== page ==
Global Work and Employment


The Global Work and Employment theme draws on an inter-disciplinary perspective to critically examine contemporary developments in work and employment in the global economy.

Activities range from developing conceptual frameworks to enable theorising work to engaging with stakeholders and practitioners to generate impact.

Research, engagement and impact are focused on three themes, which are well-established and supported by current and recent research grants as well as income generation and consultancy.

Areas of expertise

  • Emerging global divisions of labour and their theoretical underpinnings, such as changes in global production networks and processes of uneven development. This encompasses an examination of spatial changes and the (re)location of the production of goods and services reflected in dynamic trends in foreign direct investment and offshoring and outsourcing. In addition, at the level of the firm, multinational corporations (MNCs) are examined, as agents of internationalisation. Complex and contested organisational terrains are investigated to underpin issues raised with regard to staffing and strategy as they operate across borders.
  • The rise and emergence of new forms of labour. In particular, there is a body of cutting edge research on digital labour. This examines the social and economic impacts of virtual labour and the profound implications for work in the global economy. The theme also includes an established interest and reputation in the notion of creative workers, and the film industry in particular. A developing strand of research looks at the contested notion of precarity, which addresses increasing societal concerns about insecure work.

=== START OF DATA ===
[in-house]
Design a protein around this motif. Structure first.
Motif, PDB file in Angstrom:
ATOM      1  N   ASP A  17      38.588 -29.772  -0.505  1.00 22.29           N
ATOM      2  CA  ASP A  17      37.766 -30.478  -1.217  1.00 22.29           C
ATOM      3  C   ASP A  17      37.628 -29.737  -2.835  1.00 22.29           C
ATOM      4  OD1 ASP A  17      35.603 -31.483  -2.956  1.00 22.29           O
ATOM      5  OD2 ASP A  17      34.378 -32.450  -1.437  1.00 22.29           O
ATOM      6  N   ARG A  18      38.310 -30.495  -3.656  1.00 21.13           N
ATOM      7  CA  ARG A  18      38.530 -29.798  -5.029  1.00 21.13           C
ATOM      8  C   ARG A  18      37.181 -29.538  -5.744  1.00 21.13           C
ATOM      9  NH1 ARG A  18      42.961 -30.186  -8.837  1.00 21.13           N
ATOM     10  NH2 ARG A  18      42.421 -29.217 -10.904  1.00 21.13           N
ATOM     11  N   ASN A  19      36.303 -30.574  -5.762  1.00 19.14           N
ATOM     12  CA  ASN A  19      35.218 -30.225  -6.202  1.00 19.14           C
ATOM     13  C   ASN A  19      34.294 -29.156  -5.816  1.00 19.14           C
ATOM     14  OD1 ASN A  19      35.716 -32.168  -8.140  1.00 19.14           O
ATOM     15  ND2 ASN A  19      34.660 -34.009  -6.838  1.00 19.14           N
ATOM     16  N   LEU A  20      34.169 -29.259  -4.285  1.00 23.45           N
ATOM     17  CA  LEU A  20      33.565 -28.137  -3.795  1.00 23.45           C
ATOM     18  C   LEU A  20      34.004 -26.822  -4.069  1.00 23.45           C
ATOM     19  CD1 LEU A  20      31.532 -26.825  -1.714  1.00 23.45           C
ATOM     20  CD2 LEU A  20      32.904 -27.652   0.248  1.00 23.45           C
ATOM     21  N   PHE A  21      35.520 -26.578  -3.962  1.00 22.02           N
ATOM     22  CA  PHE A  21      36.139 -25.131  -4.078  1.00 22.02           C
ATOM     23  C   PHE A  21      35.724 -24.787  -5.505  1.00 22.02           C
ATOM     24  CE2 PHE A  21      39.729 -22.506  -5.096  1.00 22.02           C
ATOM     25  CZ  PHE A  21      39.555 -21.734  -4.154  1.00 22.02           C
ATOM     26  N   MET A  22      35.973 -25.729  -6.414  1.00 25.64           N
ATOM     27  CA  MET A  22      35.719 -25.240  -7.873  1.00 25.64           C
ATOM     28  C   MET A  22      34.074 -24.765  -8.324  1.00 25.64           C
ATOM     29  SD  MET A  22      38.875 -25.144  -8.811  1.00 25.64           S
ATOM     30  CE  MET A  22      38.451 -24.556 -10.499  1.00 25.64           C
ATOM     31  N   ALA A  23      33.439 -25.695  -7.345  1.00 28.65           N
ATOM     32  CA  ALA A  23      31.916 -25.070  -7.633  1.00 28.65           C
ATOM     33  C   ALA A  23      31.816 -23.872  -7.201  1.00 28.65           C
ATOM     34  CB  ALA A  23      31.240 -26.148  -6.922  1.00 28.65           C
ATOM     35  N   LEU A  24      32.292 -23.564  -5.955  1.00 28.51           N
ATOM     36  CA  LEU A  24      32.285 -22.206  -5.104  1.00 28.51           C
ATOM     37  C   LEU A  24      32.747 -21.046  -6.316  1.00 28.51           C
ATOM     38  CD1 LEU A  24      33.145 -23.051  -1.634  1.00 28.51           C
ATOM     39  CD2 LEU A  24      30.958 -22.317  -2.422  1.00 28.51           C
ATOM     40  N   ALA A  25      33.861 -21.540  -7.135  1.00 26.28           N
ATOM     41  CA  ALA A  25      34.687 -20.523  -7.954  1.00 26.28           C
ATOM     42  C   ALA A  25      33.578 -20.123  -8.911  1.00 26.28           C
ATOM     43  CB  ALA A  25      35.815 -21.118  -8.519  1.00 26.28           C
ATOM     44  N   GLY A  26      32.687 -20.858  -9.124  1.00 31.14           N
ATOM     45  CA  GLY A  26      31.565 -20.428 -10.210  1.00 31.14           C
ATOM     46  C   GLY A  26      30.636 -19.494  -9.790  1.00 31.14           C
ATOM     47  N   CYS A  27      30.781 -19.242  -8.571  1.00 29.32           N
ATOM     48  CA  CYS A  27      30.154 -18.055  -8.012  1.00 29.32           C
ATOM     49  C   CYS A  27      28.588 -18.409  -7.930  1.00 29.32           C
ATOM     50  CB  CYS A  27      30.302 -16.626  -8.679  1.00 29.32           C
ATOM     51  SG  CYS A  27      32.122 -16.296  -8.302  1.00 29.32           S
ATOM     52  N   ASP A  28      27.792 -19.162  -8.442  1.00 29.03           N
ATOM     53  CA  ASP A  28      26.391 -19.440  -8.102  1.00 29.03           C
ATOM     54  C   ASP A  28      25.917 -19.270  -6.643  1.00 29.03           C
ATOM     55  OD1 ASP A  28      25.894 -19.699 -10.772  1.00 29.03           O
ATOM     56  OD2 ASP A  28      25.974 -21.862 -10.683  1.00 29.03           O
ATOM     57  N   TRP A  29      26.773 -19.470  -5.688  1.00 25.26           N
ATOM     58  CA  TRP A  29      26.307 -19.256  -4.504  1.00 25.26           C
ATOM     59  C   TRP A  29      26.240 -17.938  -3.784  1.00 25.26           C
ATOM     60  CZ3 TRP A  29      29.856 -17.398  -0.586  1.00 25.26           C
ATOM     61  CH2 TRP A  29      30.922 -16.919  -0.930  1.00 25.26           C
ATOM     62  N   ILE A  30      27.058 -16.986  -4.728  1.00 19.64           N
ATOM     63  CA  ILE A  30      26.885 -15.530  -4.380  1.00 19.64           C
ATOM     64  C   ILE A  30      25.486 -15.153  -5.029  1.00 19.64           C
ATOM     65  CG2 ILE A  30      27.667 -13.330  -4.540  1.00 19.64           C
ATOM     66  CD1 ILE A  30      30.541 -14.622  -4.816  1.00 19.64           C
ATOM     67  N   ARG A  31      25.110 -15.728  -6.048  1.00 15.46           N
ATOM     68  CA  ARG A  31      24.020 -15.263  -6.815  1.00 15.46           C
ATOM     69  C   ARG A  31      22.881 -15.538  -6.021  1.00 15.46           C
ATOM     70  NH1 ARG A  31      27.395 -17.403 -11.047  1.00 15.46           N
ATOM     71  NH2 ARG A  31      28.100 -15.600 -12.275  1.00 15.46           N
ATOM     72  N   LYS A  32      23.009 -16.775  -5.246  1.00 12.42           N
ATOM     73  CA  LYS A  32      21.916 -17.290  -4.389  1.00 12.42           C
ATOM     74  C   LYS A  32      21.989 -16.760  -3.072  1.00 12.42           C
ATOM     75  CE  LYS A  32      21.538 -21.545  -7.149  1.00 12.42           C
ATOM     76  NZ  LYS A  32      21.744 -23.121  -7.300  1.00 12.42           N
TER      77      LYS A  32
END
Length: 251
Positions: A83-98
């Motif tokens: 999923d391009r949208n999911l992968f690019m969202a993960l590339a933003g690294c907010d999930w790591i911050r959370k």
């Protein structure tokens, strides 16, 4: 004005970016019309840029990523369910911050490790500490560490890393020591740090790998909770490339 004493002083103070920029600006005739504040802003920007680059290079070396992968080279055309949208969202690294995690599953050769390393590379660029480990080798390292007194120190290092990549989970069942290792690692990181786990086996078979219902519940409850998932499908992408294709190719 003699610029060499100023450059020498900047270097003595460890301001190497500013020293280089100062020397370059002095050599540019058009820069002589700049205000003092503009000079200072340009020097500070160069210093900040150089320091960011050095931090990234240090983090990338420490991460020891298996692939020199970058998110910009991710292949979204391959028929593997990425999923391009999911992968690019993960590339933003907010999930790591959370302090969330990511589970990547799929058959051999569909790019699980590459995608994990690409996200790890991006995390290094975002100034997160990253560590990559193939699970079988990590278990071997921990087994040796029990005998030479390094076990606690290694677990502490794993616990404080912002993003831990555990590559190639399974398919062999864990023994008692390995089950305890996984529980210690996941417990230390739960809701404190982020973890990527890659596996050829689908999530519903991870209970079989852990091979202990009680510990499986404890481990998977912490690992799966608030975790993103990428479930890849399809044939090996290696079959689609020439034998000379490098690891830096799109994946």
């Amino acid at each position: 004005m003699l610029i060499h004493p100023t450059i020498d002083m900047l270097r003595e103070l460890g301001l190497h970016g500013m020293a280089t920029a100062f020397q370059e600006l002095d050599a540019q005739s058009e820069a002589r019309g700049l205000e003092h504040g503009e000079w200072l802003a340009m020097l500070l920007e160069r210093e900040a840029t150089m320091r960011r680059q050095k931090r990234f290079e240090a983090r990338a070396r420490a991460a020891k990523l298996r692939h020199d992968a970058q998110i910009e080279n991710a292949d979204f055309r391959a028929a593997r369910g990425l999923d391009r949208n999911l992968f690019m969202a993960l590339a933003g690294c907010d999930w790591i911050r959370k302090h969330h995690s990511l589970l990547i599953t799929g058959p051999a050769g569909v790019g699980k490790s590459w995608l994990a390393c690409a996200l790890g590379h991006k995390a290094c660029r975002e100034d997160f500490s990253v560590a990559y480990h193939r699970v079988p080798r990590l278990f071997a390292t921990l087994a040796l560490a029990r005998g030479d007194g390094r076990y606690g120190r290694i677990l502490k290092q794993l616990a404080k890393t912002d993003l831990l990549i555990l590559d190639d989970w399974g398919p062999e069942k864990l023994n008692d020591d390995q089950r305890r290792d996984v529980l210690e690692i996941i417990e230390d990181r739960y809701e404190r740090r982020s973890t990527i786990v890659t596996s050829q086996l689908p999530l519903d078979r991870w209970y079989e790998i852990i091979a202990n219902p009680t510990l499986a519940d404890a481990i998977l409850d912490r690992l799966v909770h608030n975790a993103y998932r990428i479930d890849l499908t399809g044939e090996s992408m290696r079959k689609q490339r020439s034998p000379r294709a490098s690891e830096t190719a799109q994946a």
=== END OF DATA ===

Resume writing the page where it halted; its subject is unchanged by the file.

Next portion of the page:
• Inclusion and exclusion in the work place. It examines the wider impacts of global restructuring and the rise of new forms of work in terms of their outcomes for labour with regard to equality, diversity, gender and the role of trade unions in promoting workplace inclusion. A specific focus is associated with migrant workers and the challenges this presents for workplace cohesion. In particular, there is an interest in how trade unions and other organisations cooperate across boundaries to promote integration.

The overall focus on work and employment is global, both theoretically and empirically. Particular expertise is demonstrated in relation to the United Kingdom, the United States, the European Union, Central and Eastern Europe, China and other emerging economies.


  • The dynamics of virtual work
  • The labour mobility of health workers, migration and the role of trade unions in workplace integration
  • Labour relations and the political economy of transformation in Central and Eastern Europe in the post financial crisis era.
  • The micro- politics of multinational organisation, international management, diversity, and the role of social agency
  • Restructuring of Chinese firms and labour markets
  • The political-economy of Chinese foreign direct investment in Europe and its effect on employment